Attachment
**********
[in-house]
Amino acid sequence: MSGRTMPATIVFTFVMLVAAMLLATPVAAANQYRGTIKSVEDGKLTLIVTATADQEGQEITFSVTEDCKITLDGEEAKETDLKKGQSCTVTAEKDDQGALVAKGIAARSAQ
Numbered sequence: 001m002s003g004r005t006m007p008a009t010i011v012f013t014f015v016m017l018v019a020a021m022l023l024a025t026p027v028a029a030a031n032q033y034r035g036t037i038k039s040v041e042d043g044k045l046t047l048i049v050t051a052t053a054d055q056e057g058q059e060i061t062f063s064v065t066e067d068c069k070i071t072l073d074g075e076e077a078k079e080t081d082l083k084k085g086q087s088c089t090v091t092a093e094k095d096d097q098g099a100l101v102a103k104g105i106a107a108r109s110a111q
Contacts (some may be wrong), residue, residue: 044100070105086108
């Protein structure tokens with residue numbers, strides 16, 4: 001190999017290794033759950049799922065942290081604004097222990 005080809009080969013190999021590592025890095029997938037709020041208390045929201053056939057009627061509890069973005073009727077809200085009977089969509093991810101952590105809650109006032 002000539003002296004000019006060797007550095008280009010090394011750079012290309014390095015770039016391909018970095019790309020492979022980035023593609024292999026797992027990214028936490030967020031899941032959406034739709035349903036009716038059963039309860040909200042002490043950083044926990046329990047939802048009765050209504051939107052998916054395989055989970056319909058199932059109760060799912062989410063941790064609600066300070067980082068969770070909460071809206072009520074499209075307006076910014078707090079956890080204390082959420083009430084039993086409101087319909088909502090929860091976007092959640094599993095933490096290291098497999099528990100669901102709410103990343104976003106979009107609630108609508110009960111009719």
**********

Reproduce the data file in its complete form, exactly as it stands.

[in-house]
Amino acid sequence: MSGRTMPATIVFTFVMLVAAMLLATPVAAANQYRGTIKSVEDGKLTLIVTATADQEGQEITFSVTEDCKITLDGEEAKETDLKKGQSCTVTAEKDDQGALVAKGIAARSAQ
Numbered sequence: 001m002s003g004r005t006m007p008a009t010i011v012f013t014f015v016m017l018v019a020a021m022l023l024a025t026p027v028a029a030a031n032q033y034r035g036t037i038k039s040v041e042d043g044k045l046t047l048i049v050t051a052t053a054d055q056e057g058q059e060i061t062f063s064v065t066e067d068c069k070i071t072l073d074g075e076e077a078k079e080t081d082l083k084k085g086q087s088c089t090v091t092a093e094k095d096d097q098g099a100l101v102a103k104g105i106a107a108r109s110a111q
Contacts (some may be wrong), residue, residue: 044100070105086108
């Protein structure tokens with residue numbers, strides 16, 4: 001190999017290794033759950049799922065942290081604004097222990 005080809009080969013190999021590592025890095029997938037709020041208390045929201053056939057009627061509890069973005073009727077809200085009977089969509093991810101952590105809650109006032 002000539003002296004000019006060797007550095008280009010090394011750079012290309014390095015770039016391909018970095019790309020492979022980035023593609024292999026797992027990214028936490030967020031899941032959406034739709035349903036009716038059963039309860040909200042002490043950083044926990046329990047939802048009765050209504051939107052998916054395989055989970056319909058199932059109760060799912062989410063941790064609600066300070067980082068969770070909460071809206072009520074499209075307006076910014078707090079956890080204390082959420083009430084039993086409101087319909088909502090929860091976007092959640094599993095933490096290291098497999099528990100669901102709410103990343104976003106979009107609630108609508110009960111009719």